Bangladesh has seen footprints of IS and even when its government disagrees, it is clear to the world that not only its elements are present in Bangladeshi soil, they have striking capabilities too. The Islamic State group now claims to have appointed a leader in Bangladesh as its fighters continue to threaten attacks across the globe. The claim comes in the latest release of Dabiq, an online magazine published by the militant group’s propaganda wing. Militants also claimed responsibility for downing a Russian airliner over Egypt’s Sinai Peninsula on Oct. 31. Both attacks, for which ISIS claimed responsibility, were seen to signal that the group based in Syria and Iraq is planning attacks around the globe even as it has lost territory in the Middle East in recent months.(1)

Pakistan is breeding ground of generic muslim terrorists and all the indications are that IS is very much active in Pak with strategic partnership of local jihadi groups. In September 2014, Faridullah Khan, a DW correspondent in the Pakistani city of Peshawar, confirmed the IS was looking to gain influence in the nuclear-armed Islamic country. IS has made an appeal to the local population to support its “struggle for the establishment of an Islamic caliphate.” A former Pakistani Taliban spokesman Shahidullah Shahid can be viewed announcing pledges of allegiance to IS on behalf of leaders of various extremist groups in Afghanistan and Pakistan. (2)

Islamic State’s Sri Lankan outreach is well documented. In recent months, there has been growing evidence of actual and attempted outreach by the Islamic State into Sri Lanka, presently struggling to recover from a three-decade long conflict between its Sinhalese and Tamil ethnic groups. One of the most significant developments was the news of two Sri Lankan nationals fighting with the Islamic State in Syria and Iraq. One such report, in July 2015, indicated that a Sri Lankan national Mohamed Muhsin Sharfaz Nilam (a.k.a. “Abu Shurayh al-Silani”), was killed while fighting in Raqqa, Syria. Many fast shifting situations in Sri Lanka provide an opportunity for Islamic State, which has been attempting to spread its influence beyond its base in Iraq and Syria. (3)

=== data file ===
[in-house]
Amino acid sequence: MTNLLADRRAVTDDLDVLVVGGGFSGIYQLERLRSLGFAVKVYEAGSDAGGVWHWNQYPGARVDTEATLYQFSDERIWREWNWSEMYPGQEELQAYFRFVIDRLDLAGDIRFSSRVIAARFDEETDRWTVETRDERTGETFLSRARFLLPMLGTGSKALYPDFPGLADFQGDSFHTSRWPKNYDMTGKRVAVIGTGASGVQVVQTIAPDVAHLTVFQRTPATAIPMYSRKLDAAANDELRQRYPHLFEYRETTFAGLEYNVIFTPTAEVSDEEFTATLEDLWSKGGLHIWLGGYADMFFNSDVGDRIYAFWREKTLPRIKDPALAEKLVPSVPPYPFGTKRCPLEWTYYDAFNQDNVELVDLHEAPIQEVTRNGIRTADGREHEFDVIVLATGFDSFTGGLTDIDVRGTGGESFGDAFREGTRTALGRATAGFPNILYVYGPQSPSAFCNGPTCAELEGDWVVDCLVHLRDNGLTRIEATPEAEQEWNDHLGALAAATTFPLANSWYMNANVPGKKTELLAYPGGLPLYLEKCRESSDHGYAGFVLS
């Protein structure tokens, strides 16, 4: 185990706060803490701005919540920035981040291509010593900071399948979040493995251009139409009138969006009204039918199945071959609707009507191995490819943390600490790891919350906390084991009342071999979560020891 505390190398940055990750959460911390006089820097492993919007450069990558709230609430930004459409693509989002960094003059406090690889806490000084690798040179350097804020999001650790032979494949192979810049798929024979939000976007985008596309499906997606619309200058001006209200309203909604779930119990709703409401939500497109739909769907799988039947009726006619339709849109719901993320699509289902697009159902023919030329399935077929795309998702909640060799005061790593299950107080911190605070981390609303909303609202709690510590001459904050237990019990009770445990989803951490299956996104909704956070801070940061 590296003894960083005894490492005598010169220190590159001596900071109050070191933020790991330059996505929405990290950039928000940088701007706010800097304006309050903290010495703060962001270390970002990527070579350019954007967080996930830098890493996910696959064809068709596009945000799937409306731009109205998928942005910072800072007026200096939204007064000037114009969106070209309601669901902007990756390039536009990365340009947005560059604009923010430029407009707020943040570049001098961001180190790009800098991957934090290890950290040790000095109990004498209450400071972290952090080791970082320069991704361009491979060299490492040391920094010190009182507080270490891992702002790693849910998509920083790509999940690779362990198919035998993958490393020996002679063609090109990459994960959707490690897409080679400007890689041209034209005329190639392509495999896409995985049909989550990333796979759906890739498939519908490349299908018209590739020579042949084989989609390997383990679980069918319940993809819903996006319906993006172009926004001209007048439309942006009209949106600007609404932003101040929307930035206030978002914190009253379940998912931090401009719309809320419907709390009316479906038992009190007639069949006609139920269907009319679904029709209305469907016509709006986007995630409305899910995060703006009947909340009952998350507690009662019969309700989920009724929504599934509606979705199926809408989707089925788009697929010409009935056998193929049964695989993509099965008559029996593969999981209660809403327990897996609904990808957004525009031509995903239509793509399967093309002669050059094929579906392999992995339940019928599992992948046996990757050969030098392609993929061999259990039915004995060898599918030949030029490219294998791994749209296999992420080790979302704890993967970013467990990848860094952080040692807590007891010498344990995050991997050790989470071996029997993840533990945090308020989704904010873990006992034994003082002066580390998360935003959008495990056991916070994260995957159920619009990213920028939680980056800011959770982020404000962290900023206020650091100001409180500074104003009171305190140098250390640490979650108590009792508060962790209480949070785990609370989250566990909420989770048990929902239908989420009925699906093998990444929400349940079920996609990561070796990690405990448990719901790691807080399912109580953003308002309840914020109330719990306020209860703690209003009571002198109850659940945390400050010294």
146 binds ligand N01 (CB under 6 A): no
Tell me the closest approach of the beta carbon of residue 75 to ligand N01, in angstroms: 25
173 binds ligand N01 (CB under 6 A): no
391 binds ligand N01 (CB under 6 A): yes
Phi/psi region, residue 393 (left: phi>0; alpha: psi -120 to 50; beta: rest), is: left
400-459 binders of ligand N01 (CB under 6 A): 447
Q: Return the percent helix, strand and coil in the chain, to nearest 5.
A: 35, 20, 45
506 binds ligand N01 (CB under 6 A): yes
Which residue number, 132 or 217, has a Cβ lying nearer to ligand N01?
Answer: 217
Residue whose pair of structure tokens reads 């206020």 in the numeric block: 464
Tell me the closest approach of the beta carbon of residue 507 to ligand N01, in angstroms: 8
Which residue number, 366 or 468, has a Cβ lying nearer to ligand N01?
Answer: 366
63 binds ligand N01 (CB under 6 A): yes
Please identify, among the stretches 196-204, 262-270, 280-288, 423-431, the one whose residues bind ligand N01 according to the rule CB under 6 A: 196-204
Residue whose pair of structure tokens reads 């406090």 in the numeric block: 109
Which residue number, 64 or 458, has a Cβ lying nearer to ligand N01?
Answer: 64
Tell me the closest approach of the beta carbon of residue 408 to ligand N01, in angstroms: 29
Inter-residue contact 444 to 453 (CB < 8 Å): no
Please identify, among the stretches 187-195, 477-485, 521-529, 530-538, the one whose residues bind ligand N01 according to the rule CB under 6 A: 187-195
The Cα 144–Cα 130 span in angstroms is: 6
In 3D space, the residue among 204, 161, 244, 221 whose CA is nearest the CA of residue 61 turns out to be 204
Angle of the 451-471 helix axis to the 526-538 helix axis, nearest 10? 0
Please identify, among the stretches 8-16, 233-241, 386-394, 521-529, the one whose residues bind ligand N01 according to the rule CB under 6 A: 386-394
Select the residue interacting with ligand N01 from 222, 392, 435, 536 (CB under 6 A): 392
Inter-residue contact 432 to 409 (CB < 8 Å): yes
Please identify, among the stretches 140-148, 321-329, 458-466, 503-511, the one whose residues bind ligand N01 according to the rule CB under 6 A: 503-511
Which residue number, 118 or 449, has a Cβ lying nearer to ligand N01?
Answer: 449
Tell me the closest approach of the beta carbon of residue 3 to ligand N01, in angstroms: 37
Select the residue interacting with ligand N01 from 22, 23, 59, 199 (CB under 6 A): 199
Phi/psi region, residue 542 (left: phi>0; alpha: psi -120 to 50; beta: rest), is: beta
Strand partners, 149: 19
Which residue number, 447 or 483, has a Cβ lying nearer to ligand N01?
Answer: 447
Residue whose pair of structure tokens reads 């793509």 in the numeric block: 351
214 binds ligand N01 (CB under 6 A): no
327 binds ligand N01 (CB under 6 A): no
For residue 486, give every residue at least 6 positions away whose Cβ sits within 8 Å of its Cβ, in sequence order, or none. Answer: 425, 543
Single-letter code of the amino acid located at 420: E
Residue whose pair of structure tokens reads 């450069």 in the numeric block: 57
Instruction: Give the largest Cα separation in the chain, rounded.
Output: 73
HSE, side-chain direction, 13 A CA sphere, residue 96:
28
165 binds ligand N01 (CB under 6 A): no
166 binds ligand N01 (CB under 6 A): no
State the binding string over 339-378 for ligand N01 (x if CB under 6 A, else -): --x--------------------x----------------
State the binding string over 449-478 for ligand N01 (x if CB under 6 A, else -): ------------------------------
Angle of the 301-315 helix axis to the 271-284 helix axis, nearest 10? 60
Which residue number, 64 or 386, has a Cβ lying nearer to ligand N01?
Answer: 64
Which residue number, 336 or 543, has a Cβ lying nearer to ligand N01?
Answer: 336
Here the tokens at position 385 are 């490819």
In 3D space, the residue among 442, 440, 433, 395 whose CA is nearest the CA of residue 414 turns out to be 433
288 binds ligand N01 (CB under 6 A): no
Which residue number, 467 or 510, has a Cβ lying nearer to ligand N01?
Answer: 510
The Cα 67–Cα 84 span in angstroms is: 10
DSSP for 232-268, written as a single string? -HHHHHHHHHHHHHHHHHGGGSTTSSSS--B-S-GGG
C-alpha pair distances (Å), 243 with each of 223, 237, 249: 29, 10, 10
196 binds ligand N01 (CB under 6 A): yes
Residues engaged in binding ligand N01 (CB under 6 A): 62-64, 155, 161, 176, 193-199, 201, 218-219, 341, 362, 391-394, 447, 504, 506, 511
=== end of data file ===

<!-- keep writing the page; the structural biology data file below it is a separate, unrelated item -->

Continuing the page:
In Myanmar, experts have warned that Islamic State may now be recruiting fighters and families from the persecuted community of Rohingya Muslims fleeing Myanmar, as the terror group looks to expand into wider Asia. Myanmar has tightened security in its border areas following reports that several members of the Islamic State have travelled through neighbouring Thailand. (4)

Solutions to IS Menace

There are two ways of looking at the worldwide plague of Muslim terrorism. One is to treat every Islamic conflict with Christians, Jews, Buddhists, Hindus and a dozen other religions as being due to some local political grievance of recent vintage. The other is to understand them as local expressions of a historical religious war and the continuation of the wave of conquests that made Islam into a worldwide religion.

There is no political solution to a supremacist conflict. Solutions begin with truth. The truth is that Islamic violence is not recent or exceptional. The murder of Jews by Muslims, whether in Israel or Belgium, is not any different than the Muslim butchery of Christians. Hindus, Buddhists and even minority Muslim splinter faiths. These conflicts cannot be resolved through appeasement. They can only be addressed through resistance.

There can be no peace until Muslims understand that the Mohammedan conquests were a genocidal atrocity that destroyed entire peoples and cultures. Only then can they honestly condemn IS for trying to repeat those atrocities. And only then will they be able to live in peace with the rest of the world.

The world cannot do anything about this, and especially by demonizing Islam – as the West sometimes tend to do. This is an issue internal to Islam and will be addressed only when enough Muslims begin to see the dangers to themselves and their faith from this”, and the current one, appears striking. The current report states, “It is the conquerors who must come to terms with the horrors that they have inflicted through a campaign of colonialism and ethnic cleansing and seek the forgiveness of their victims”.